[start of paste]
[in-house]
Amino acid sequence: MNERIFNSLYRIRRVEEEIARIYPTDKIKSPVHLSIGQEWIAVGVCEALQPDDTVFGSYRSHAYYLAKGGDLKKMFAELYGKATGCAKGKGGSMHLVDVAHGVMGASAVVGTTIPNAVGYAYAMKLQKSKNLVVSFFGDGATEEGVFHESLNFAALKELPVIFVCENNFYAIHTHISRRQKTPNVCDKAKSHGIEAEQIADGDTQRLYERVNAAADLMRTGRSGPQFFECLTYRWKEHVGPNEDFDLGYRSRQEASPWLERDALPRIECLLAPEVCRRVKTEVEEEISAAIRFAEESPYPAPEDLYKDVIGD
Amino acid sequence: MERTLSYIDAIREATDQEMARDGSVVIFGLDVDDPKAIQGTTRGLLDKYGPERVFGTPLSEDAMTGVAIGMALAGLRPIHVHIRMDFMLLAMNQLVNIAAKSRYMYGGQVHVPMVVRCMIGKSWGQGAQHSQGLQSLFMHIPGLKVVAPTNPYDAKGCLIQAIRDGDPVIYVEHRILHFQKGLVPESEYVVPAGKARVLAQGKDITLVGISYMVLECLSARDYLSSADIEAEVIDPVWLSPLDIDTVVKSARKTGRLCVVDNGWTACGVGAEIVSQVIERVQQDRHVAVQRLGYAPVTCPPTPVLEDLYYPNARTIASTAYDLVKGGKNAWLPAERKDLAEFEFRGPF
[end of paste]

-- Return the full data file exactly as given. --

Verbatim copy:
[in-house]
Amino acid sequence: MNERIFNSLYRIRRVEEEIARIYPTDKIKSPVHLSIGQEWIAVGVCEALQPDDTVFGSYRSHAYYLAKGGDLKKMFAELYGKATGCAKGKGGSMHLVDVAHGVMGASAVVGTTIPNAVGYAYAMKLQKSKNLVVSFFGDGATEEGVFHESLNFAALKELPVIFVCENNFYAIHTHISRRQKTPNVCDKAKSHGIEAEQIADGDTQRLYERVNAAADLMRTGRSGPQFFECLTYRWKEHVGPNEDFDLGYRSRQEASPWLERDALPRIECLLAPEVCRRVKTEVEEEISAAIRFAEESPYPAPEDLYKDVIGD
Amino acid sequence: MERTLSYIDAIREATDQEMARDGSVVIFGLDVDDPKAIQGTTRGLLDKYGPERVFGTPLSEDAMTGVAIGMALAGLRPIHVHIRMDFMLLAMNQLVNIAAKSRYMYGGQVHVPMVVRCMIGKSWGQGAQHSQGLQSLFMHIPGLKVVAPTNPYDAKGCLIQAIRDGDPVIYVEHRILHFQKGLVPESEYVVPAGKARVLAQGKDITLVGISYMVLECLSARDYLSSADIEAEVIDPVWLSPLDIDTVVKSARKTGRLCVVDNGWTACGVGAEIVSQVIERVQQDRHVAVQRLGYAPVTCPPTPVLEDLYYPNARTIASTAYDLVKGGKNAWLPAERKDLAEFEFRGPF